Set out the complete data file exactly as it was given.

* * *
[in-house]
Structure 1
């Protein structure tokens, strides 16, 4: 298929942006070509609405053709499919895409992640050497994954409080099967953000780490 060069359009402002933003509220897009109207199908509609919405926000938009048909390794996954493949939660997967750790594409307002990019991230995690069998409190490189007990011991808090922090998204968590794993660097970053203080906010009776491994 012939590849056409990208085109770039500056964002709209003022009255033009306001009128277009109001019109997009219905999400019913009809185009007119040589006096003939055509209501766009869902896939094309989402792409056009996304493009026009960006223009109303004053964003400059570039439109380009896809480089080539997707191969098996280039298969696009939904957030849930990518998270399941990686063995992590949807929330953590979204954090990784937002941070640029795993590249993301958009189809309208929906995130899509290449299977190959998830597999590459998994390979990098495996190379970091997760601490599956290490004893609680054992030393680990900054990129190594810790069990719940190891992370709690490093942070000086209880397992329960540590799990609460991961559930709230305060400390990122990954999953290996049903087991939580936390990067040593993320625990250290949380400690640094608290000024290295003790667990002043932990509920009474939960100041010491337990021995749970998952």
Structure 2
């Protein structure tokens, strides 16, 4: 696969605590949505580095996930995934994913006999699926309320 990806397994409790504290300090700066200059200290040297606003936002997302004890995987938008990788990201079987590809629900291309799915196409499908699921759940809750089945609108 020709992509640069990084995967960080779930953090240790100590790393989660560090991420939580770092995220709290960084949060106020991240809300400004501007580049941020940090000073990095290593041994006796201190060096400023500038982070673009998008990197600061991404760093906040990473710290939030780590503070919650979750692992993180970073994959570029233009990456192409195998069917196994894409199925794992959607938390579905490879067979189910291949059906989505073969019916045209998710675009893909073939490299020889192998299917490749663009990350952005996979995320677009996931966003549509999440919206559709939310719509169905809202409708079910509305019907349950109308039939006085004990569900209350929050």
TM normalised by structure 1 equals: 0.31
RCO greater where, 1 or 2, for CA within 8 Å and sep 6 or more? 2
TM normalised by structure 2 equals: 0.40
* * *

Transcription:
[in-house]
Structure 1
């Protein structure tokens, strides 16, 4: 298929942006070509609405053709499919895409992640050497994954409080099967953000780490 060069359009402002933003509220897009109207199908509609919405926000938009048909390794996954493949939660997967750790594409307002990019991230995690069998409190490189007990011991808090922090998204968590794993660097970053203080906010009776491994 012939590849056409990208085109770039500056964002709209003022009255033009306001009128277009109001019109997009219905999400019913009809185009007119040589006096003939055509209501766009869902896939094309989402792409056009996304493009026009960006223009109303004053964003400059570039439109380009896809480089080539997707191969098996280039298969696009939904957030849930990518998270399941990686063995992590949807929330953590979204954090990784937002941070640029795993590249993301958009189809309208929906995130899509290449299977190959998830597999590459998994390979990098495996190379970091997760601490599956290490004893609680054992030393680990900054990129190594810790069990719940190891992370709690490093942070000086209880397992329960540590799990609460991961559930709230305060400390990122990954999953290996049903087991939580936390990067040593993320625990250290949380400690640094608290000024290295003790667990002043932990509920009474939960100041010491337990021995749970998952």
Structure 2
């Protein structure tokens, strides 16, 4: 696969605590949505580095996930995934994913006999699926309320 990806397994409790504290300090700066200059200290040297606003936002997302004890995987938008990788990201079987590809629900291309799915196409499908699921759940809750089945609108 020709992509640069990084995967960080779930953090240790100590790393989660560090991420939580770092995220709290960084949060106020991240809300400004501007580049941020940090000073990095290593041994006796201190060096400023500038982070673009998008990197600061991404760093906040990473710290939030780590503070919650979750692992993180970073994959570029233009990456192409195998069917196994894409199925794992959607938390579905490879067979189910291949059906989505073969019916045209998710675009893909073939490299020889192998299917490749663009990350952005996979995320677009996931966003549509999440919206559709939310719509169905809202409708079910509305019907349950109308039939006085004990569900209350929050």
TM normalised by structure 1 equals: 0.31
RCO greater where, 1 or 2, for CA within 8 Å and sep 6 or more? 2
TM normalised by structure 2 equals: 0.40